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European Concert 2001 Istanbul (Jansons, Bpo) [DVD] [2011]

 Exempt   DVD
5.0 out of 5 stars  See all reviews (2 customer reviews)

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Product details

  • Format: PAL
  • Language: Castilian
  • Subtitles: German, English, French, Italian, Spanish
  • Region: Region 2 (This DVD may not be viewable outside Europe. Read more about DVD formats.)
  • Aspect Ratio: 16:9 - 1.77:1
  • Number of discs: 1
  • Classification: Exempt
  • Studio: Tdk Mediactive
  • DVD Release Date: 4 Feb 2002
  • Run Time: 130 minutes
  • Average Customer Review: 5.0 out of 5 stars  See all reviews (2 customer reviews)
  • ASIN: B00005Y0N4
  • Amazon Bestsellers Rank: 174,273 in DVD & Blu-ray (See Top 100 in DVD & Blu-ray)



This European Concert is part of a series given by the Berlin Philharmonic in European venues of particular cultural significance: St Irene has the distinction of being the oldest church in Istanbul. These days it may be about as fashionable to play Haydn symphonies with a full orchestra as it is to venture out into the street wearing real fur, but the BPO are so well-disciplined that the results are never outlandish.

Mariss Jansons may not be particularly known in this repertoire but it’s obvious that he’s having a whale of a time, and his enthusiasm is infectious. Forces are reduced for the Mozart, and Emmanuel Pahud is reunited with his old orchestra (he was appointed Principal Flute at the prodigiously young age of 22). It’s easy to understand why he’s the top dog of his generation: his sound is ravishing and his phrasing is effortless; he breathes new life (literally) into this much-loved bon-bon. For the Berlioz, the orchestra is back up to full strength, Jansons powering his way through this extraordinary masterpiece, the colours dazzling, the harps placed unusually to the front of the orchestra (and to great effect in the second-movement Ball scene). The warmth of the audience reaction at the end says it all.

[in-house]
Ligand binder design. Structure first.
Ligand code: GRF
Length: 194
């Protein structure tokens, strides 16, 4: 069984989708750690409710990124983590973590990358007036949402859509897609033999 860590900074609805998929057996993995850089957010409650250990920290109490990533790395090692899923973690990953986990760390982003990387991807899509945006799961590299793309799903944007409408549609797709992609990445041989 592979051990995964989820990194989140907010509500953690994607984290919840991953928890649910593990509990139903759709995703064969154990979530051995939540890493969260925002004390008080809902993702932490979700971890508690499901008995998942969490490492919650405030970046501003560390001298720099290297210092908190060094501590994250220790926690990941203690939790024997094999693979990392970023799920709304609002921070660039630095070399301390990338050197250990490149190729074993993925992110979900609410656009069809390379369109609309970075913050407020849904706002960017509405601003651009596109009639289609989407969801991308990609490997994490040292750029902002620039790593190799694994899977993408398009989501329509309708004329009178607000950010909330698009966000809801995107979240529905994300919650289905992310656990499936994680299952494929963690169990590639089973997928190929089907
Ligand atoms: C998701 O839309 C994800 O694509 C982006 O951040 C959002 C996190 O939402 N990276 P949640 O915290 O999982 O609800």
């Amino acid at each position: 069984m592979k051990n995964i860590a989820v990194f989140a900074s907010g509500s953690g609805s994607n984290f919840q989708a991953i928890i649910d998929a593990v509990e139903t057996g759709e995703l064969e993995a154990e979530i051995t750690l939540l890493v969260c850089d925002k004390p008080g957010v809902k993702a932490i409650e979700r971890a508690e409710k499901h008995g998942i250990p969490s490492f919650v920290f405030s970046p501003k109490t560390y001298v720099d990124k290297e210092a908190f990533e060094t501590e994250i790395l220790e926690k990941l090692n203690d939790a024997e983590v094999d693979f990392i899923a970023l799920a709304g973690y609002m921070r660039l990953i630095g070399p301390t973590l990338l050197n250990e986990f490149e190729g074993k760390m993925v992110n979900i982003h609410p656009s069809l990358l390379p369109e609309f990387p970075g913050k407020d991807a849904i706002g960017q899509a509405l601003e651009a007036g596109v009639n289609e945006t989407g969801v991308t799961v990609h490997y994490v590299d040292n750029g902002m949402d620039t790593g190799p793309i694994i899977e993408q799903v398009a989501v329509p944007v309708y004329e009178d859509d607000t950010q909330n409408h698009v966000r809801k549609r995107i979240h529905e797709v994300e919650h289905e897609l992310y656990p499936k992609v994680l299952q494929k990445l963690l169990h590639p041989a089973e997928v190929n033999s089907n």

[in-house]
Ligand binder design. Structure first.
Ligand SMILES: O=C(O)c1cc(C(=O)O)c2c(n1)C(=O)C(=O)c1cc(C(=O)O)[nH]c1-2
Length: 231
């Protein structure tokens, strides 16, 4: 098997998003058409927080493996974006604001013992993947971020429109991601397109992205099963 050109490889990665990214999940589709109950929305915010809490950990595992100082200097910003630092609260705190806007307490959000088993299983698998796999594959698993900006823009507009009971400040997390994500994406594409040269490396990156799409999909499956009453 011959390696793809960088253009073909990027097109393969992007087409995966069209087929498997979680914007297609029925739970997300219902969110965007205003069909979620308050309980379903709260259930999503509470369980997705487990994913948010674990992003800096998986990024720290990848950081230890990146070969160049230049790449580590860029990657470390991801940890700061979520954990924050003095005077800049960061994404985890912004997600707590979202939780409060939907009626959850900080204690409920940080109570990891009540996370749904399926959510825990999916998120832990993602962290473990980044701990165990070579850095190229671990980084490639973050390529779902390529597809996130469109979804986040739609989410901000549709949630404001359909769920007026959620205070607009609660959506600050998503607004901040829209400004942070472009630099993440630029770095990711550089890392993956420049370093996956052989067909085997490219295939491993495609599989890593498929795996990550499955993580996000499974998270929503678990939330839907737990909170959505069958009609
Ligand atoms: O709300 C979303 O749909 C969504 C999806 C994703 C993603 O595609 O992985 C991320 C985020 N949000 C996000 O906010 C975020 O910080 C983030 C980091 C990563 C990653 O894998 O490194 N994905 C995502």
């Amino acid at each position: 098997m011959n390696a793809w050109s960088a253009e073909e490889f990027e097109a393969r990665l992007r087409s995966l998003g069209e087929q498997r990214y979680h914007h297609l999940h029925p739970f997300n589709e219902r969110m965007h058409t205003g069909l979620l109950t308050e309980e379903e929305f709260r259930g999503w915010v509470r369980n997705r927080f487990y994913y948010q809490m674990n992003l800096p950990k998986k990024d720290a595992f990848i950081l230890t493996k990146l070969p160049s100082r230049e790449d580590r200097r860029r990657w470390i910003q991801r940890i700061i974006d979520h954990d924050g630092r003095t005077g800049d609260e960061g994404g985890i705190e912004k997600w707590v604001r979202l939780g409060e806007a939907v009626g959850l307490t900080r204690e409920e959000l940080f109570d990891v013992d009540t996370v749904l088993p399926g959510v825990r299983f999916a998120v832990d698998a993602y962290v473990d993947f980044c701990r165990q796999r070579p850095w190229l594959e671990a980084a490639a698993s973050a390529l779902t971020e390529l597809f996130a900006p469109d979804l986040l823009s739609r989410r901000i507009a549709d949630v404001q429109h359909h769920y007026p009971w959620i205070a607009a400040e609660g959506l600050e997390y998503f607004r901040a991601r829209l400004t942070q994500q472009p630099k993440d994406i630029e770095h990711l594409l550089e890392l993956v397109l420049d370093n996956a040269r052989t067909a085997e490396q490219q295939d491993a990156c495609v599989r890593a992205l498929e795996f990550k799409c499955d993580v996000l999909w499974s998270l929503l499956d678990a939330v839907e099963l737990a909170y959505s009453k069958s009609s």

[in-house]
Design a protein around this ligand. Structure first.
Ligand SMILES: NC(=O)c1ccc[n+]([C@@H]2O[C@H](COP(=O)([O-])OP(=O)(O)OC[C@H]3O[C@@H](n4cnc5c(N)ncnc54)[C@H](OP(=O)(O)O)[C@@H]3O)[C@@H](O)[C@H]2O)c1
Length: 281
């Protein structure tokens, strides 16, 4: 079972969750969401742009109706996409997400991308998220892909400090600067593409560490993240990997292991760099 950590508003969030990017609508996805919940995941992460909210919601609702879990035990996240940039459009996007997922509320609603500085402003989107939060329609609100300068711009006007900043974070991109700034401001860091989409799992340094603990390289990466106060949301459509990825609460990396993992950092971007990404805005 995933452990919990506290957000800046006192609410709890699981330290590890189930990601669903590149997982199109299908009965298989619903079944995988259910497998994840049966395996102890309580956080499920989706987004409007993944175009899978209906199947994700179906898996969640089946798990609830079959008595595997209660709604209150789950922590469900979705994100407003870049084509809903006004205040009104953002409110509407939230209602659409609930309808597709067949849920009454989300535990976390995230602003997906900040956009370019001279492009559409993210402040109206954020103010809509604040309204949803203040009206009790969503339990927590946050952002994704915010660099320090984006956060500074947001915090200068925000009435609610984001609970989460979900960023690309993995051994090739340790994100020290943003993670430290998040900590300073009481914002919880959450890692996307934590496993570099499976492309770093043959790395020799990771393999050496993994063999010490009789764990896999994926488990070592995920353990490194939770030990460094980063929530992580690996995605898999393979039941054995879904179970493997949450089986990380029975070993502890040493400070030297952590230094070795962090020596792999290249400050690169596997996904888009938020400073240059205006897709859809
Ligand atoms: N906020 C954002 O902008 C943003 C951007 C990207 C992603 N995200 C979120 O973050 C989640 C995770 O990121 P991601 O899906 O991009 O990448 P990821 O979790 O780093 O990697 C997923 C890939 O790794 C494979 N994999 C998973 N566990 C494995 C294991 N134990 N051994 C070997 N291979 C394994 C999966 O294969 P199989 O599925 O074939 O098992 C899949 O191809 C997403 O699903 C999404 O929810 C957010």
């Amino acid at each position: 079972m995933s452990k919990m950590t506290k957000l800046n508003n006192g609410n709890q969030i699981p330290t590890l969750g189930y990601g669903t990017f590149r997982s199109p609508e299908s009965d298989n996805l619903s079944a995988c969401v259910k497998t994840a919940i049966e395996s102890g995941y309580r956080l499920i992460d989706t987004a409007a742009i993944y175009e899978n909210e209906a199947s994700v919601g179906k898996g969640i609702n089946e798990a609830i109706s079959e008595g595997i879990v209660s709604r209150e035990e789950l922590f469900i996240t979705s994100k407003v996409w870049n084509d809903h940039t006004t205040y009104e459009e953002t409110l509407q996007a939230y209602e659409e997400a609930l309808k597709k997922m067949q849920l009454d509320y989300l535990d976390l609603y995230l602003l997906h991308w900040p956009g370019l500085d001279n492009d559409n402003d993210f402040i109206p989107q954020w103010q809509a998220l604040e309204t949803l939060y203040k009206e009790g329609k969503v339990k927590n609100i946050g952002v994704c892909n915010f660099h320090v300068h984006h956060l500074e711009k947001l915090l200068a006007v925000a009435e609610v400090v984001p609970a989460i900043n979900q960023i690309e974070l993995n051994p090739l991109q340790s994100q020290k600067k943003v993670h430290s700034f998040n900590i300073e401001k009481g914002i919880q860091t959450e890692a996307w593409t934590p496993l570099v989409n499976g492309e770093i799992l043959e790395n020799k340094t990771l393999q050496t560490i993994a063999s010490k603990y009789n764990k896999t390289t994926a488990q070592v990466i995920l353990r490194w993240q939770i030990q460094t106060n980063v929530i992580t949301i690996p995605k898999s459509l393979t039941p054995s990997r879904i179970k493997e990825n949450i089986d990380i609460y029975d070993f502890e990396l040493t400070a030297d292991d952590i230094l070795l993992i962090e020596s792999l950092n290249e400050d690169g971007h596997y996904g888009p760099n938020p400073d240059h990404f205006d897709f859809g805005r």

On the DVD: European Concert--Istanbul features pleasingly unobtrusive camera-work that avoids the temptation to spotlight individual players for the sake of it and offers a good perspective on the sheer scale of the venue. The sound is full and well-balanced and the concert is enhanced by an enticing 20-minute travelogue of Istanbul (narrated in German but with subtitles in English, German, French, Spanish or Italian). In addition, there are eight minutes of "behind the scenes" footage which is worth seeing once, and details of other TDK titles.--Harriet Smith

Product Description

Behind the Scenes documentary
A portrait of Istanbul
Sound: Dolby Digital 5.1, DTS 5.1, PCM Stereo
Picture: 16:9
Subtitles: GB, D, F, SP, IT
Region code: 0 (worldwide)

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3 of 3 people found the following review helpful